B.C.’s top doctor cites ‘trial batch,’ as possible link to rash of drug overdoses

Health officials speculate on reasons for nine overdoses in five days in the Interior

It was a staggering start to January for communities in the Interior Health region, with nine people dying from drug overdoses within a five day period – a harsh reality of the creation and distribution of illicit drugs.

Sometimes referred to as “bad batches” or “clusters,” the distribution of illegal drugs with potent amounts of fentanyl – and in a few cases carfentanil – has been the culprit behind a handful of these kinda of deaths across the province.

Provincial health officer Dr. Perry Kendall suggested the deaths may be due to a new dealer entering the region, “who doesn’t know how to mix the drugs in anything-less-than a dangerous way.”

“These deaths might represent the first sort of trial batch that somebody’s mixed up and put out into the community,” he said.

READ MORE: Police fear fewer fentanyl imports don’t signal the end of the overdose crisis

Although she said she could only speculate, health officials believe these kinds of spikes in death carry a strong link to a specific supply of contaminated drugs, said Dr. Patricia Daly, executive director of the B.C. Overdose Emergency Response Centre.

“That’s often when you see clusters or rises in death, from a more contaminated drug supply,” Daly said during a news conference Wednesday, adding that clusters of deaths are investigated through the B.C. Coroners Service.

Black Press Media reached out to comment from the RCMP on its investigation into the deaths, but a spokesperson for the force declined to comment.

Not the first cluster of overdoses since fentanyl increase

In the summer of 2017, Fraser Health Authority released a warning similar to IHA’s alert on Jan. 26, after five people died from overdoses within nine hours in Abbotsford.

Officials urged drug users to not do drugs alone, to not mix different drugs and to carry naloxone.

Vancouver Coastal Health, serving the region seeing the lions share of drug overdose deaths, have taken increased measures to get the word out when bad drugs are detected on the streets.

The RADAR pilot project was launched in July, a texting service that sends an alert to those signed up when emergency crews attend to a number of overdose in a certain area within a short time frame.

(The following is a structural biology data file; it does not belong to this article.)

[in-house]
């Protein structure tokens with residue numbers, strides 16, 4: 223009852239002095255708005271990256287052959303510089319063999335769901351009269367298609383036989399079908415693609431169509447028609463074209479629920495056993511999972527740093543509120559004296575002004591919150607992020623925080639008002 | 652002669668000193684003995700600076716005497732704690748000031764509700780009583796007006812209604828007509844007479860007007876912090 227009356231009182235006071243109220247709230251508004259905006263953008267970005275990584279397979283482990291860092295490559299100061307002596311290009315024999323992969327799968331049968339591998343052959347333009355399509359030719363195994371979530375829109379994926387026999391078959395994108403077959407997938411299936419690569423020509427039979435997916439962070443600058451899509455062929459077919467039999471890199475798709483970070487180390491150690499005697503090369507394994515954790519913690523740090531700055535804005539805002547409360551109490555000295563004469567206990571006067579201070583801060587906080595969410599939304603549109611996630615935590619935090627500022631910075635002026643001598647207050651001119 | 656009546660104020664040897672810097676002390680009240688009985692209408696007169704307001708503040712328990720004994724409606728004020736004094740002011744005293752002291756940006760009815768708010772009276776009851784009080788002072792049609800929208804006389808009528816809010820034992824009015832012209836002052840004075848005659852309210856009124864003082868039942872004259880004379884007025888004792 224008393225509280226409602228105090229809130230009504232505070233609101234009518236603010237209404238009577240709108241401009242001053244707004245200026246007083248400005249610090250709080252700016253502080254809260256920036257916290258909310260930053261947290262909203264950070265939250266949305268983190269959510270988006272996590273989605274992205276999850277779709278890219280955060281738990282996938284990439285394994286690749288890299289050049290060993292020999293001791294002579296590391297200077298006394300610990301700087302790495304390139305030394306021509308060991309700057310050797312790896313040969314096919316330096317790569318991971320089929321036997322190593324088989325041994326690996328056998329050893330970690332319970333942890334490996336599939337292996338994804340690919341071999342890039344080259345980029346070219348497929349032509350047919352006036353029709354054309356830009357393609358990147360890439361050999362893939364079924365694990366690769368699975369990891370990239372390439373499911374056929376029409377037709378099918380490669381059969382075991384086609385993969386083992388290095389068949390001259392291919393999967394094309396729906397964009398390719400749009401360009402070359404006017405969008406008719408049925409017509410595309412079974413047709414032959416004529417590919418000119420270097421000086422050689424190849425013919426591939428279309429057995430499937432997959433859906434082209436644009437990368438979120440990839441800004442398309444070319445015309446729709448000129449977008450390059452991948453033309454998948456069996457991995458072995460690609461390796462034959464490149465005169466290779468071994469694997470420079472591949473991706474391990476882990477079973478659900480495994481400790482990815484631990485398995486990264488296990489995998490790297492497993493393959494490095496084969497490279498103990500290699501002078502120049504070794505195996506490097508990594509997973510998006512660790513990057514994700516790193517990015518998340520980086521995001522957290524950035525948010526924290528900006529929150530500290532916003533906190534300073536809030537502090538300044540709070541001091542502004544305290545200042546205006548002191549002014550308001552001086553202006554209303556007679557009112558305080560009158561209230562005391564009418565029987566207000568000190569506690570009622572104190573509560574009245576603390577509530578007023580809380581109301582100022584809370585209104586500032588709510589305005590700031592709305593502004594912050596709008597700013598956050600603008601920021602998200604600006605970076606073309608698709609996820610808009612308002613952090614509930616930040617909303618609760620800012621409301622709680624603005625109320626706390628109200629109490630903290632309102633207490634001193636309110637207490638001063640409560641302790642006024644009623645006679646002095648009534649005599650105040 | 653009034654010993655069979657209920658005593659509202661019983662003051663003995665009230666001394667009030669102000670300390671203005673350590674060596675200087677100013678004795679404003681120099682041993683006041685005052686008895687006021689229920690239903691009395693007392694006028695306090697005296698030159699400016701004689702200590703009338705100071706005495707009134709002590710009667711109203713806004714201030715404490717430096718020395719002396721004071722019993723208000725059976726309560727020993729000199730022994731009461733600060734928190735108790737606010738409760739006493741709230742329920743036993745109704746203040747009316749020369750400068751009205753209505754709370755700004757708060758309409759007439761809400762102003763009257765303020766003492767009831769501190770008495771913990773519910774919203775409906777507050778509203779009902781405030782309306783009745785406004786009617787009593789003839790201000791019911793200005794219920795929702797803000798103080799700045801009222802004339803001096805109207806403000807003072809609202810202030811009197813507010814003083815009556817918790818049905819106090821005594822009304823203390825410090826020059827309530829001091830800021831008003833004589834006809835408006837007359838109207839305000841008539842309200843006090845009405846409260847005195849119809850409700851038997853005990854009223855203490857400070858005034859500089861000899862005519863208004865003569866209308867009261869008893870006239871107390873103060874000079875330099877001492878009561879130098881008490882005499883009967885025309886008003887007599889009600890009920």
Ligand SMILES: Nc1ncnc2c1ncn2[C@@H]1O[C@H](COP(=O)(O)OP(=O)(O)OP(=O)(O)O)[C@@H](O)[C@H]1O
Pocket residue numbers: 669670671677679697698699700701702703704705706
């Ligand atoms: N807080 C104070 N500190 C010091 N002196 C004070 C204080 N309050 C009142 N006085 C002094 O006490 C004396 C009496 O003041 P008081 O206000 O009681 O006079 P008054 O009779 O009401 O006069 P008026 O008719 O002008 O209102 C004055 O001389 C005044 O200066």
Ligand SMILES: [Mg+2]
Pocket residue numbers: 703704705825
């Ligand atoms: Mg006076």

Kendall has urged British Columbians in the past to become informed about the federal Good Samaritan Law, which protects people from charges of possession if they call 9-1-1 to report an overdose.

Just Posted

Could Thunder in the Valley roar at Alberni’s airport once more?

City of Port Alberni offered Stamp Avenue as a temporary solution

John Douglas looks forward to a “healthier” Port Alberni

Douglas has resigned from his position at the Port Alberni Shelter Society to run for mayor

Alberni weightlifter heads to world championship

Dhaliwal is ranked second in the Pan Americas and fifth overall in the world

Wildfire crews gain upper hand on Arbutus Ridge fire

Controlled burning helping to contain fire: Coastal Fire Centre

D.O.A. brings punk rock to Port Alberni’s Rainbow Room

New generation of punk bands help D.O.A. celebrate 40 years of performing

Interim GoFundMe payments approved in Humboldt Broncos crash

$50,000 to be given to each of the 13 survivors and each family of the 16 people who died

Ottawa intervenes to get B.C. ball player, 13, to Little League World Series

Before immigration issue was resolved, Dio Gama was out practicing the game he loves Wednesday

Pet goldfish invades small B.C. lake

Pinecrest Lake is located between Whistler and Squamish

Mounties deployed to help B.C. communities affected by wildfires

RCMP officers heading to places particularly within central, northern and southern B.C.

Quebec sets aside $900 million for companies hurt by U.S. tariffs

Premier Philippe Couillard says his government will make $863 million available over five years

B.C. company patents Sasquatch, the country’s first homegrown hops plant

Created by Hops Connect, Sasquatch hops are being grown commercially for the first time in B.C.

Farmers ponder impact of alternatives to pesticides being banned

The nicotine-based pesticides scientists have linked to a rising number of honey bee deaths will be phased out of use in Canada over a three year period starting in 2021.

Time to kick maverick Tory MP Maxime Bernier out of caucus, Scheer urged

Conservative MP Maxime Bernier is taking issue with Prime Minister Justin Trudeau’s oft-repeated message of diversity in Canada, calling it a form of “radical multiculturalism.”

Most Read